This year I did my first soundtrack for a long feature called ‘Paris La Blanche’ by Lidia Leber Terki. It is also good and helpful to give a piece of yourself in something more important than you. So I learnt a lot since and also got some new and diverse technical [gear] and was inspired by those nice collaborations. So I was very pleased to approach a new album. Putting too much strategy into the production of an album doesn’t help my creativity.
Jeff Mills recently commented that most artists are not ambitious enough in extending the boundaries of how far dance music can artistically go. Would you agree?
I feel the boundaries of electronic music are opening more and more. Which doesn’t mean everyone in the electronic music scene wishes to be open to other fields. Some are only focussed on club [music], which is also respectable. I feel I couldn’t only work on club music.
It feels like albums like yours have a home outside of traditional dance music venues and deserve to be playing the kind of venues classical artists might play. Do you think dance music has evolved to the point where it deserves to be more welcomed onto that kind of stage?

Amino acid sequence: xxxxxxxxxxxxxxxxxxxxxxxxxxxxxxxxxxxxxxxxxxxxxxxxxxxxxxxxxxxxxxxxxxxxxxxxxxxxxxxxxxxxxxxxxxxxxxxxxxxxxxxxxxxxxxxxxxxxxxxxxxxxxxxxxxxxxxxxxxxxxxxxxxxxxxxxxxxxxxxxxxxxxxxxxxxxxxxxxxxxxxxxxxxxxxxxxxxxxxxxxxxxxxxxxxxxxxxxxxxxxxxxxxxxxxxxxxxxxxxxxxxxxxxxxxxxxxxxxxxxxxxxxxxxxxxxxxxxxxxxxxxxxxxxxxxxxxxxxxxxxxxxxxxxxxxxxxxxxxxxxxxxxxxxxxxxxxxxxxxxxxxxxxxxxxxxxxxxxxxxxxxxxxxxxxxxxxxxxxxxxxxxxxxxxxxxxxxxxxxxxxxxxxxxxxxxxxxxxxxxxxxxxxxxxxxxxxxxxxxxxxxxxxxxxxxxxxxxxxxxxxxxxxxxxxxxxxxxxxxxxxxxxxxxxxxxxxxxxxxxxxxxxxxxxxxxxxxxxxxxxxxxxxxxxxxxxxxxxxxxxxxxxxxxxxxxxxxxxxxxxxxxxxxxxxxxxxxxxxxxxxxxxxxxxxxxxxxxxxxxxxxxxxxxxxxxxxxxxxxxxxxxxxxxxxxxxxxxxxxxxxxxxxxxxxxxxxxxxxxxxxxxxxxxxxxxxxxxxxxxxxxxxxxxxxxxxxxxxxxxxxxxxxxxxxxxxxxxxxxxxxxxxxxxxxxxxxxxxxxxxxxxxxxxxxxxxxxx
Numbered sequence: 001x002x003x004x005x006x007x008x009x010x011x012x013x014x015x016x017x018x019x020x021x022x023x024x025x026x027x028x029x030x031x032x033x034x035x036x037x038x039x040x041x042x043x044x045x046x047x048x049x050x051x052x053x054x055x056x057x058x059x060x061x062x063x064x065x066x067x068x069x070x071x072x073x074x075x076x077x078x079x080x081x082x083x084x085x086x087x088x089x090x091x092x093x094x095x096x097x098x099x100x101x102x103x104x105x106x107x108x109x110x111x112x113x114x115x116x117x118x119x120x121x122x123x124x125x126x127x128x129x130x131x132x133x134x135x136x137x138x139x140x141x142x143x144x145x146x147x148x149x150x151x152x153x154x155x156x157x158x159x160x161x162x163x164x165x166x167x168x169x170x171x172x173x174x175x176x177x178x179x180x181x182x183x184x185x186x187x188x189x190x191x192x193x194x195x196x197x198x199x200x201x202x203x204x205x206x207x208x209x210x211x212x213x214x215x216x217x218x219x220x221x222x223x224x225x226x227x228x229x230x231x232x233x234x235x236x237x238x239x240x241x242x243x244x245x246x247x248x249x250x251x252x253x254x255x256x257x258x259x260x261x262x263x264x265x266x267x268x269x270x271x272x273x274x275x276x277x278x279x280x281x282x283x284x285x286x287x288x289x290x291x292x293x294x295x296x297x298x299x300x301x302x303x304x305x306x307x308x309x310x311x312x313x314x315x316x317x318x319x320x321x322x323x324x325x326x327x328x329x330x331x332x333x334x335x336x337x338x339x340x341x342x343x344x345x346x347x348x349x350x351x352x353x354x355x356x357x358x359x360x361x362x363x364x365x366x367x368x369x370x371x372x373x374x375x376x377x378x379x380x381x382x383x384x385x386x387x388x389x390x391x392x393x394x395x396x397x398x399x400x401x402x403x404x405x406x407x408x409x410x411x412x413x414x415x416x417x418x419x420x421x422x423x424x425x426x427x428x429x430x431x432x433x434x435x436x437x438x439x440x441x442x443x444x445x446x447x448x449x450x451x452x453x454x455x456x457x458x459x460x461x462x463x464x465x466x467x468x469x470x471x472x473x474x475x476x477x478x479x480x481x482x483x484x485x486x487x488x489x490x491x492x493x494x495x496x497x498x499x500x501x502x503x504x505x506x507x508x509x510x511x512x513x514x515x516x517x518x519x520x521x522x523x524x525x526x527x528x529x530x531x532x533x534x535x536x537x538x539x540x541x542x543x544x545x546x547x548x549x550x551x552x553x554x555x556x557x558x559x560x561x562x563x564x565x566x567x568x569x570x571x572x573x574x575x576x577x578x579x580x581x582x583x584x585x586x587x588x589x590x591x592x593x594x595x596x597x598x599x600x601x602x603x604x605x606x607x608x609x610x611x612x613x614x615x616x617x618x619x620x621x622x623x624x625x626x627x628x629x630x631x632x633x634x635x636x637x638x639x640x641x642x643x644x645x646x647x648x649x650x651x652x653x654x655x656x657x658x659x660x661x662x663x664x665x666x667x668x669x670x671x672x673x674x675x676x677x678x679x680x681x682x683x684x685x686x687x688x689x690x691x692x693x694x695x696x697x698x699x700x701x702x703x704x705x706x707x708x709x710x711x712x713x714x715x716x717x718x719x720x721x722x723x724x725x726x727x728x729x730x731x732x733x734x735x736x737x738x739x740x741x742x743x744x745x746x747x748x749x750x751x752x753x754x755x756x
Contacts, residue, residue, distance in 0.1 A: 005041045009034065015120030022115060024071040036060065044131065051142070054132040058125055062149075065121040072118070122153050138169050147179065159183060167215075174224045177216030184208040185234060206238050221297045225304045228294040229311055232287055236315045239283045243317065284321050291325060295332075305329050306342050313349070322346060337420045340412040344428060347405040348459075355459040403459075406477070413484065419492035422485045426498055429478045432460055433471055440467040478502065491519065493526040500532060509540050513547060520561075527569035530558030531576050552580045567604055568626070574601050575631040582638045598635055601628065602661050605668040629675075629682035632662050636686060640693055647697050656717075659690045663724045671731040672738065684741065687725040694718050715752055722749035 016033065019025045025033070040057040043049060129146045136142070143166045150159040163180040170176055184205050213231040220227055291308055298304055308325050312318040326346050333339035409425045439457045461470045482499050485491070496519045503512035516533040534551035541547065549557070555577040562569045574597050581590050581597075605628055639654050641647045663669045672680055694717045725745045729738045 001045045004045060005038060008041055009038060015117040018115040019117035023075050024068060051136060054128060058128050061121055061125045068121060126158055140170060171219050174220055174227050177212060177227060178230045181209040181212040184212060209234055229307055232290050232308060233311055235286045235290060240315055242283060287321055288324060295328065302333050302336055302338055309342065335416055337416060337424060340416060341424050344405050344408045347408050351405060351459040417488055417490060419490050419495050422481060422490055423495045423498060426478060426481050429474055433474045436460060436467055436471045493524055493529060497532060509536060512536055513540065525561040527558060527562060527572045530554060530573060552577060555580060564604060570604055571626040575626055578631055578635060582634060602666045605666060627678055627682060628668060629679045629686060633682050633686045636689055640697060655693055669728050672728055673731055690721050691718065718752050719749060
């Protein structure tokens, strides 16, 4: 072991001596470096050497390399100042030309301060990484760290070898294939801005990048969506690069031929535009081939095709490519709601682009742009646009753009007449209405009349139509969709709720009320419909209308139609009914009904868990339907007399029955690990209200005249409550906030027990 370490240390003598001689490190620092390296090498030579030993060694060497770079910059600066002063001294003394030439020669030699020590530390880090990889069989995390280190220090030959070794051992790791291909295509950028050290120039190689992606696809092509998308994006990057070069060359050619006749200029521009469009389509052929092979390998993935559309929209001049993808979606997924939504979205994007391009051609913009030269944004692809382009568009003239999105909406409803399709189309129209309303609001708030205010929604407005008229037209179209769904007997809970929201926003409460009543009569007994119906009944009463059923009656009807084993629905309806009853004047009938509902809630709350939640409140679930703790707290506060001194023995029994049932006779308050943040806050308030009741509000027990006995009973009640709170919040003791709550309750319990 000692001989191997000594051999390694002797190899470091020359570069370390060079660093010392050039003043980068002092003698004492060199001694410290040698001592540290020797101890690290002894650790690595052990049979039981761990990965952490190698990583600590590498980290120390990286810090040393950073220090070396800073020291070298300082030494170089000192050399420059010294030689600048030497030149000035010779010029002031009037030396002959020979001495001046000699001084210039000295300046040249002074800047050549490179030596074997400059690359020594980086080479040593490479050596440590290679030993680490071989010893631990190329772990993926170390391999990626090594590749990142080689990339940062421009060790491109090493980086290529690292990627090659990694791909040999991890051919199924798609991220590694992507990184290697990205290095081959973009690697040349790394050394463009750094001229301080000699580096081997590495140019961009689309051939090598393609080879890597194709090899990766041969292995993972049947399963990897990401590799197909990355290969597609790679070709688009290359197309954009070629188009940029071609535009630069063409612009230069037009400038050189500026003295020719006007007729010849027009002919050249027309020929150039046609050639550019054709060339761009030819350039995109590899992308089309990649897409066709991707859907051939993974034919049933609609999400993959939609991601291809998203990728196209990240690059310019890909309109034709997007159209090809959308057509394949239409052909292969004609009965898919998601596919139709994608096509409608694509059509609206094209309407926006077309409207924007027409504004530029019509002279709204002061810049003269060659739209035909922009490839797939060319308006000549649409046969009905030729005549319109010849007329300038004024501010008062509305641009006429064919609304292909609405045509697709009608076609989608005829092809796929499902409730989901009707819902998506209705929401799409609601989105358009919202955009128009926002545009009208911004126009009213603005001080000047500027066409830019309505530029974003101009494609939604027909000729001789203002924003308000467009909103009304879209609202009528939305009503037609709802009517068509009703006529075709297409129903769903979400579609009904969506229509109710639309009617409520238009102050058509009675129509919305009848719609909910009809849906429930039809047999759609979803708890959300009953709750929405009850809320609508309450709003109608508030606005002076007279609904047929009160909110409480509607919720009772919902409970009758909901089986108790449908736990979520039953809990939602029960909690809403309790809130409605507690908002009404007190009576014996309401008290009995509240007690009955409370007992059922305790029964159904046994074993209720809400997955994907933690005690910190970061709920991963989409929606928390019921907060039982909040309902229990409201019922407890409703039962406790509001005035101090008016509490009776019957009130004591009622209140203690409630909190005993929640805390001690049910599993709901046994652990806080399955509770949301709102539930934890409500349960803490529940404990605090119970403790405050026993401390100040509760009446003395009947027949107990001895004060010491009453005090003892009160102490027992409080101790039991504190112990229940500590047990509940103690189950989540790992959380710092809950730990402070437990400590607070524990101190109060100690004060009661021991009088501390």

My new live show ‘Endless Revisions LIVE’ will be shown also in diverse places, mainly in concert places. It is a different proposal to my DJ sets. Institutional places are open to new types of projects that involve electronic music. I played two special live performances at Centre Pompidou in Paris, and I am going to play again there. Recently I played in an Opéra in Rennes (France) with our duo live project with a marimba player called Vassilena Serafimova.
The DJ who wants to retire their headphones to write music for film is a bit of cliché. You’ve done both in your career so far, what is the industry of composing for film really like for a dance music artist?
I am a dance music artist, but not only because I am open to many spectrums of electronic music. I was producing weirdo folk music before I entered the electronic music world, then started to DJ club music, and therefore produce music going from low-fi, weirdo electronic music to functional club tracks.